AFGHANISTAN….A few days ago Dan Drezner and I were wondering how strong our commitment to Afgahnistan really was, and today we seem to be getting the beginnings of an answer:
The departing commander of U.S.-led military forces in Afghanistan says those troops’ success fighting terrorist holdouts, combined with improved recruiting by the new Afghan army, means that Americans stationed here could start going home as early as summer 2004.
….The general said Friday that 9,000 Afghan soldiers should be trained and on duty by the summer of next year, which would permit a gradual reduction of allied forces. The latter currently number 11,500, of whom 8,500 are U.S. soldiers, Marines and airmen.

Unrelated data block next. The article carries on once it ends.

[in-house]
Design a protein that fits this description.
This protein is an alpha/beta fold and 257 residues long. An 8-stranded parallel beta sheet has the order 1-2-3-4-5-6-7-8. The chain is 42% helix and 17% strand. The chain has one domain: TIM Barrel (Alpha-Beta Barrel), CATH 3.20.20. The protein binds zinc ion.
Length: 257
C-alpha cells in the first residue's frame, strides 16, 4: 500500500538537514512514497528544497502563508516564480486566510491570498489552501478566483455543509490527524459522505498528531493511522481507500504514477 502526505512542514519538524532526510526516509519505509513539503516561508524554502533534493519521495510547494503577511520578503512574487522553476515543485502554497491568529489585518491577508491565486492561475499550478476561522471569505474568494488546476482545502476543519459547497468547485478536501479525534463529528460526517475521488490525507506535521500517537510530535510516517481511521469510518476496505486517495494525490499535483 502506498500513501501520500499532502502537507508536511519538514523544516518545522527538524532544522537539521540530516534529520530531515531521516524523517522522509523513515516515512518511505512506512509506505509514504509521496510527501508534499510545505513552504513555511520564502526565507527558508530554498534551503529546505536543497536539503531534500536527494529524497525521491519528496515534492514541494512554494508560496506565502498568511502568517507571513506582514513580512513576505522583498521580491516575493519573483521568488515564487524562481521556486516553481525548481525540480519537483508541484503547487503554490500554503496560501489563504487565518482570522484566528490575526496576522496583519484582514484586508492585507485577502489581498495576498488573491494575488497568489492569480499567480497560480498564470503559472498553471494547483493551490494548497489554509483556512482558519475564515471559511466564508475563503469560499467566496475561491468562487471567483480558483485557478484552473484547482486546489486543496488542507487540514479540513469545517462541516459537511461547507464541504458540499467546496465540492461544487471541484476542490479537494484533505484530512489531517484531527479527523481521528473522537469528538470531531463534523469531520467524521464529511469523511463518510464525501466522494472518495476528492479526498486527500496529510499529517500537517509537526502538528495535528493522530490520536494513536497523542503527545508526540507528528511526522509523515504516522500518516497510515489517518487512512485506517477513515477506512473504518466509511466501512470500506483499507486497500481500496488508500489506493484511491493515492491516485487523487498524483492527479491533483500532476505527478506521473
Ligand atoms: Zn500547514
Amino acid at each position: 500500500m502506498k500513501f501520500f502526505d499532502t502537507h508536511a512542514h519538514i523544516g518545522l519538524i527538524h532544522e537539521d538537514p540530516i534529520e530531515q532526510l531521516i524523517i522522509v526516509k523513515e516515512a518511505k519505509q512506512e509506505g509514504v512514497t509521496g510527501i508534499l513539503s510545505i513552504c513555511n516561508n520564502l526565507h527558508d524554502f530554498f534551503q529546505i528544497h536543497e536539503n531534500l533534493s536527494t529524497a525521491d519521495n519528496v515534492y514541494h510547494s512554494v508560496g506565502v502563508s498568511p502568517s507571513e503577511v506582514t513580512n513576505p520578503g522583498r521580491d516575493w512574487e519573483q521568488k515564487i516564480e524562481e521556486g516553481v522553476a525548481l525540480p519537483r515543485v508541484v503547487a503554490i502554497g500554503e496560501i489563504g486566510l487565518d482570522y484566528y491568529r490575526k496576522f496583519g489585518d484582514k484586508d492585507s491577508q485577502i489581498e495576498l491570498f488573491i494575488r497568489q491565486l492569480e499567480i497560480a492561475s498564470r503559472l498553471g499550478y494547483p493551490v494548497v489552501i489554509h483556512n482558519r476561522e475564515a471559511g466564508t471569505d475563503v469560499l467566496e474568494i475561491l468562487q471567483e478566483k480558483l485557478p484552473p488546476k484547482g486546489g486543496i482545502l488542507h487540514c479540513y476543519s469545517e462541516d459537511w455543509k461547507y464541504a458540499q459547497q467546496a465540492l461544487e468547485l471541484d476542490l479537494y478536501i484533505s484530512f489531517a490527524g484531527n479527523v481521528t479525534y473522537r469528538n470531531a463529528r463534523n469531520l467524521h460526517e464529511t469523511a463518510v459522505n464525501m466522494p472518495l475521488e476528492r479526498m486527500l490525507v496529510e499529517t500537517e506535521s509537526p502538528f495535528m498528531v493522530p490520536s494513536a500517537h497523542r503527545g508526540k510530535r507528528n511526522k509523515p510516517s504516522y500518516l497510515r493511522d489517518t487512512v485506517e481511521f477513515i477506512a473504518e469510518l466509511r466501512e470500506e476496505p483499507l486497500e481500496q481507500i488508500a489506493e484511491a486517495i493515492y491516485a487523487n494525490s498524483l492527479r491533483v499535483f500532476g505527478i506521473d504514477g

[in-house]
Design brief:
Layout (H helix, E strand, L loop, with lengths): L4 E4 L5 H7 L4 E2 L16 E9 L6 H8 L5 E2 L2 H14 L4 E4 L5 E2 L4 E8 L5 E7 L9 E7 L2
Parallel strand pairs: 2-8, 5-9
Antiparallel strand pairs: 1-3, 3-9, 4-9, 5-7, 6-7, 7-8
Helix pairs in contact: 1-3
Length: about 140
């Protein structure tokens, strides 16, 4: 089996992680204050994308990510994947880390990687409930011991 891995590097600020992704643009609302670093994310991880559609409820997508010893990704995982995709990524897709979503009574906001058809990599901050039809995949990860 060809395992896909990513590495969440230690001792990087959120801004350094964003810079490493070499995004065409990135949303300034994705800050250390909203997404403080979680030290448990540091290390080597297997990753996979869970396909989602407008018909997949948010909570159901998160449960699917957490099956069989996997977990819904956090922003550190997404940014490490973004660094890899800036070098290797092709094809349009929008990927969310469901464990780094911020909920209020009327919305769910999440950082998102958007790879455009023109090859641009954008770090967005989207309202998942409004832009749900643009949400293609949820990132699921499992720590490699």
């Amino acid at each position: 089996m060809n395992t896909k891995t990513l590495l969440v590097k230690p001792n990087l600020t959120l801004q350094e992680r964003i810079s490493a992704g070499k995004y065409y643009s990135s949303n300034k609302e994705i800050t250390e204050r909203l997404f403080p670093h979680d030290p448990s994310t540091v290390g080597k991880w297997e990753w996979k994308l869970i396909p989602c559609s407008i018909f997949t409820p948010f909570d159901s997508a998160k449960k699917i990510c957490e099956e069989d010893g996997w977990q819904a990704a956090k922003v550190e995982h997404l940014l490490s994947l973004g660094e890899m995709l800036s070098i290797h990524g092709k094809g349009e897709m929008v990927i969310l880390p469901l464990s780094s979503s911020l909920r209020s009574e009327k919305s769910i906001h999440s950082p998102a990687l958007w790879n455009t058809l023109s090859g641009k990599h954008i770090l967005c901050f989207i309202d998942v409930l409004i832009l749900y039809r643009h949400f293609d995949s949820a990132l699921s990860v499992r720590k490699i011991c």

….The general said he is optimistic that a United Nations-backed and Japanese-financed plan to disarm thousands of Afghan militiamen will be successful ? as long as an ongoing effort to reform and reconstitute the leadership of the Afghan Ministry of Defense is successful.
I realize that we can’t be expected to keep a huge occupation force in Afghanistan forever, but we have less than 10,000 troops there right now, we’re planning to pull out within a year, and our financial commitment isn’t very impressive either. It doesn’t bode well.
And am I the only one who finds it peculiar that we’re “optimistic” about the UN doing a sterling job in Afghanistan, but convinced that they would bring nothing but infighting and corruption to nation building in Iraq? What exactly is the difference here?
President Bush keeps saying that we’ll be in Iraq “for as long as it takes,” but our increasingly weak commitment to Afghanistan makes that increasingly hard to believe. We should be watching closely to see if Bush’s famed resoluteness extends beyond dramatic gestures to the hard, messy work of actually seeing things through to the end.